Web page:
As stocks with giant market capitalizations have an outsized effect on the performance of the index as a whole, it may not matter much if “value” stocks that tend to do better in recessions, like utilities and consumer staples, rally. If those types of stocks only have a sub-1% weighting in the index, the effect of a stock like Apple, which makes up over 7% of the S&P 500, will swamp them.
Things for Active Investors To Note
With just five stocks making up the majority of the return in the S&P 500 thus far in 2023, it would seem as if stock pickers would outperform. After all, this means that passive investors have most of their money in stocks that aren’t going anywhere, whereas stock pickers could have scored home runs with the 72% return in Meta Platforms or the 80% return in Nvidia.
The problem is that active investing isn’t that easy. With hindsight, it’s obvious to see that investors should have been in stocks like these in 2023. But with just five huge winners out of 500 to choose from, active investors would have had to have been either very good or very lucky at picking just the winners.
There have also been some huge losers thus far in 2023, such as Veon Ltd. and First Republic Bank, both down 93%, in spite of having market capitalizations of over $1 billion. If you’re at all risk-averse, choosing individual equities might not be your cup of tea.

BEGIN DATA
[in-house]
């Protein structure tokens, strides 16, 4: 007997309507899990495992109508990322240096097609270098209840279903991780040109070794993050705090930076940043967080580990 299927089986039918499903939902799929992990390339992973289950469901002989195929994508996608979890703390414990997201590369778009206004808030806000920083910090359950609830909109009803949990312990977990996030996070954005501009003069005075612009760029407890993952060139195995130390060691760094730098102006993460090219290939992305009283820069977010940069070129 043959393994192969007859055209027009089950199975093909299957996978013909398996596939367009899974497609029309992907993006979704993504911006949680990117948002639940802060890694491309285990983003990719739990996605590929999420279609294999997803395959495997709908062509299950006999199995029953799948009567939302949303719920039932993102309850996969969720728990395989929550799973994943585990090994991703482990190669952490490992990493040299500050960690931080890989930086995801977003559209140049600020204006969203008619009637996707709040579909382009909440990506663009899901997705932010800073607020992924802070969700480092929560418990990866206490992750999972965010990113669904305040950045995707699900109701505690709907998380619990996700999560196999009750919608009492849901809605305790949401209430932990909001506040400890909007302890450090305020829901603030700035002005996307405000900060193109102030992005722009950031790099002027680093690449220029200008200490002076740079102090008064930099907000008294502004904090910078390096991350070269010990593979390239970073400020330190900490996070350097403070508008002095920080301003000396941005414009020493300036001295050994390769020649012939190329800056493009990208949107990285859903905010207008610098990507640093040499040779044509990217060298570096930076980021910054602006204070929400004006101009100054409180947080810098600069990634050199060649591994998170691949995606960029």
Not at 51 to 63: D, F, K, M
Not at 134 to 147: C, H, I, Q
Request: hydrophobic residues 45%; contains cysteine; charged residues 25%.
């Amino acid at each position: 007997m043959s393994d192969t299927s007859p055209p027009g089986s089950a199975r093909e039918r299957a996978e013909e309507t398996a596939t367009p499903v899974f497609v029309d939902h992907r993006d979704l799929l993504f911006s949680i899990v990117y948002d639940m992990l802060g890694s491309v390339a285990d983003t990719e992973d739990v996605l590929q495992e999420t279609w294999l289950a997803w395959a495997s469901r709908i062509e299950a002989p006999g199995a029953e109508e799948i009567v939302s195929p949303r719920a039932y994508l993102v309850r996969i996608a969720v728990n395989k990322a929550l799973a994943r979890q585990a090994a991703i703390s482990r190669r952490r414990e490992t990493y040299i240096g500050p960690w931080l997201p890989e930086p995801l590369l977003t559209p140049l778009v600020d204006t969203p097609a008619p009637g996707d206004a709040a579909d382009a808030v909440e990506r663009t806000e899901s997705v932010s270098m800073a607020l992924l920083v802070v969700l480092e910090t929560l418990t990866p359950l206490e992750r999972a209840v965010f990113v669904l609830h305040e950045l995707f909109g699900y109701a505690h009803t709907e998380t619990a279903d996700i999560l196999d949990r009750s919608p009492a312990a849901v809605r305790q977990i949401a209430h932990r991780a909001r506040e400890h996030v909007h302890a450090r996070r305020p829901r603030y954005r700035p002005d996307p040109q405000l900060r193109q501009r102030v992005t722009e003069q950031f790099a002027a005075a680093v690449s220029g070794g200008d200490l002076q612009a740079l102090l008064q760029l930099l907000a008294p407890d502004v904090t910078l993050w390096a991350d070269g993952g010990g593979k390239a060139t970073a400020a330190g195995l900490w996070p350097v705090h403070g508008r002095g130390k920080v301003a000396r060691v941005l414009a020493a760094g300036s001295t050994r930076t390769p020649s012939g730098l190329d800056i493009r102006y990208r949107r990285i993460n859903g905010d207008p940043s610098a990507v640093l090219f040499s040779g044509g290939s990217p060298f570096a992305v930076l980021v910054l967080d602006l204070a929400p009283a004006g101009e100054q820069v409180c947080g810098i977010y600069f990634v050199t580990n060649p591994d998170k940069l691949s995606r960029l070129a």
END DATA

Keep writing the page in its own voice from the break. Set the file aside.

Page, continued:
So, What’s the Answer?
If a recession does indeed hit the U.S., it’s likely that the S&P 500 index will be taken down, possibly falling into a bear market. This can hurt passive investors. And while most stocks fall during a bear market, knowledgeable stock traders can still pick winners. But actively investing in individual equities also increases exposure on the downside, as you have to pick both the right stocks and choose the right time.
Passive investors with a long-term investment horizon, on the other hand, will generally always be made whole, as the S&P 500 has — historically speaking — never failed to make a new all-time high after enduring a bear market. Whether you should be an active or a passive investor — or a bit of both — during 2023 depends on your own investment objectives, risk tolerance and personality as an investor.
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This article originally appeared on GOBankingRates.com: Is It Time To Switch From Passive or Active Investing in 2023?
As an investment expert with a deep understanding of active and passive investing strategies, I can provide valuable insights into the concepts discussed in the article by John Csiszar. My expertise in financial markets and investment practices enables me to analyze the nuances and implications of the information presented.